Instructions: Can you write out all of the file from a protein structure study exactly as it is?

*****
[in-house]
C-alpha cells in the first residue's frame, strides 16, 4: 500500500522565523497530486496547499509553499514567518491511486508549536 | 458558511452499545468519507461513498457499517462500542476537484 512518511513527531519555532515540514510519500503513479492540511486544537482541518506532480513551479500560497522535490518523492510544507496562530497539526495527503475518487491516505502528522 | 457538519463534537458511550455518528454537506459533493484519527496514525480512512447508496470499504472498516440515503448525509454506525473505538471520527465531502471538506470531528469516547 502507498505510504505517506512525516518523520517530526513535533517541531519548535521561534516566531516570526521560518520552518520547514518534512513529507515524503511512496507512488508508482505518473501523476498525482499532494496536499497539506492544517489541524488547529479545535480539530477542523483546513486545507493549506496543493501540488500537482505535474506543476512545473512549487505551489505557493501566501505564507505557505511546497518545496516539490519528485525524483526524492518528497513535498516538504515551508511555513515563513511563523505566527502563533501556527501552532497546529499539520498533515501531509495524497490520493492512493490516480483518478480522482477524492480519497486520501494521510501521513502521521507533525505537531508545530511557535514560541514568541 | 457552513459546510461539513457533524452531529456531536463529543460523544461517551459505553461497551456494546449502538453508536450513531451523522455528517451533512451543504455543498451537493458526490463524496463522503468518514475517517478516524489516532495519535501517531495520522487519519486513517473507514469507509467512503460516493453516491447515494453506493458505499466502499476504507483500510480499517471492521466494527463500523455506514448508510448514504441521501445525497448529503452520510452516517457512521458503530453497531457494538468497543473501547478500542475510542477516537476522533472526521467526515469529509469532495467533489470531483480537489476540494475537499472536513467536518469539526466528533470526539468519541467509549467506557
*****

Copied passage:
[in-house]
C-alpha cells in the first residue's frame, strides 16, 4: 500500500522565523497530486496547499509553499514567518491511486508549536 | 458558511452499545468519507461513498457499517462500542476537484 512518511513527531519555532515540514510519500503513479492540511486544537482541518506532480513551479500560497522535490518523492510544507496562530497539526495527503475518487491516505502528522 | 457538519463534537458511550455518528454537506459533493484519527496514525480512512447508496470499504472498516440515503448525509454506525473505538471520527465531502471538506470531528469516547 502507498505510504505517506512525516518523520517530526513535533517541531519548535521561534516566531516570526521560518520552518520547514518534512513529507515524503511512496507512488508508482505518473501523476498525482499532494496536499497539506492544517489541524488547529479545535480539530477542523483546513486545507493549506496543493501540488500537482505535474506543476512545473512549487505551489505557493501566501505564507505557505511546497518545496516539490519528485525524483526524492518528497513535498516538504515551508511555513515563513511563523505566527502563533501556527501552532497546529499539520498533515501531509495524497490520493492512493490516480483518478480522482477524492480519497486520501494521510501521513502521521507533525505537531508545530511557535514560541514568541 | 457552513459546510461539513457533524452531529456531536463529543460523544461517551459505553461497551456494546449502538453508536450513531451523522455528517451533512451543504455543498451537493458526490463524496463522503468518514475517517478516524489516532495519535501517531495520522487519519486513517473507514469507509467512503460516493453516491447515494453506493458505499466502499476504507483500510480499517471492521466494527463500523455506514448508510448514504441521501445525497448529503452520510452516517457512521458503530453497531457494538468497543473501547478500542475510542477516537476522533472526521467526515469529509469532495467533489470531483480537489476540494475537499472536513467536518469539526466528533470526539468519541467509549467506557